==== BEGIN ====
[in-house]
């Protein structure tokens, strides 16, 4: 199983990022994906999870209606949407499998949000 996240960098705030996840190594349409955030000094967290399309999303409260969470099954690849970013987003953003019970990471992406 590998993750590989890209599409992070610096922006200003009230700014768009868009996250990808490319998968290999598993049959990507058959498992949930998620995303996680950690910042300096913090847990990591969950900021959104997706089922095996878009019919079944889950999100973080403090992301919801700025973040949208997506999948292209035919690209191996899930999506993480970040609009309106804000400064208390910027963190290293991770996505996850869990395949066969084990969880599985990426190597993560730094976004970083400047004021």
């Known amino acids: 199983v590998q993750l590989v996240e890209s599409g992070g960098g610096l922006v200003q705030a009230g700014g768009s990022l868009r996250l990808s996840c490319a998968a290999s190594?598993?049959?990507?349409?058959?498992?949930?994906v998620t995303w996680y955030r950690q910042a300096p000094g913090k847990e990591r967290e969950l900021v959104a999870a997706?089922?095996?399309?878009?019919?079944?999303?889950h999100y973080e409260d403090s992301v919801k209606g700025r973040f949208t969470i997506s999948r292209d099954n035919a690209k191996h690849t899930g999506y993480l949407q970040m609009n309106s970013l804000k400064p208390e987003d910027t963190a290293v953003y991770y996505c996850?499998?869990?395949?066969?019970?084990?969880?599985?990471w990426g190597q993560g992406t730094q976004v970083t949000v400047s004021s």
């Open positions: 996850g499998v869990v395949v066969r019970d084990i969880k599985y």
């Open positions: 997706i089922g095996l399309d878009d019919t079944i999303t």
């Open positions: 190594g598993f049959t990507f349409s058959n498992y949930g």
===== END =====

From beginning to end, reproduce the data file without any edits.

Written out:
[in-house]
């Protein structure tokens, strides 16, 4: 199983990022994906999870209606949407499998949000 996240960098705030996840190594349409955030000094967290399309999303409260969470099954690849970013987003953003019970990471992406 590998993750590989890209599409992070610096922006200003009230700014768009868009996250990808490319998968290999598993049959990507058959498992949930998620995303996680950690910042300096913090847990990591969950900021959104997706089922095996878009019919079944889950999100973080403090992301919801700025973040949208997506999948292209035919690209191996899930999506993480970040609009309106804000400064208390910027963190290293991770996505996850869990395949066969084990969880599985990426190597993560730094976004970083400047004021």
């Known amino acids: 199983v590998q993750l590989v996240e890209s599409g992070g960098g610096l922006v200003q705030a009230g700014g768009s990022l868009r996250l990808s996840c490319a998968a290999s190594?598993?049959?990507?349409?058959?498992?949930?994906v998620t995303w996680y955030r950690q910042a300096p000094g913090k847990e990591r967290e969950l900021v959104a999870a997706?089922?095996?399309?878009?019919?079944?999303?889950h999100y973080e409260d403090s992301v919801k209606g700025r973040f949208t969470i997506s999948r292209d099954n035919a690209k191996h690849t899930g999506y993480l949407q970040m609009n309106s970013l804000k400064p208390e987003d910027t963190a290293v953003y991770y996505c996850?499998?869990?395949?066969?019970?084990?969880?599985?990471w990426g190597q993560g992406t730094q976004v970083t949000v400047s004021s």
């Open positions: 996850g499998v869990v395949v066969r019970d084990i969880k599985y």
């Open positions: 997706i089922g095996l399309d878009d019919t079944i999303t």
């Open positions: 190594g598993f049959t990507f349409s058959n498992y949930g």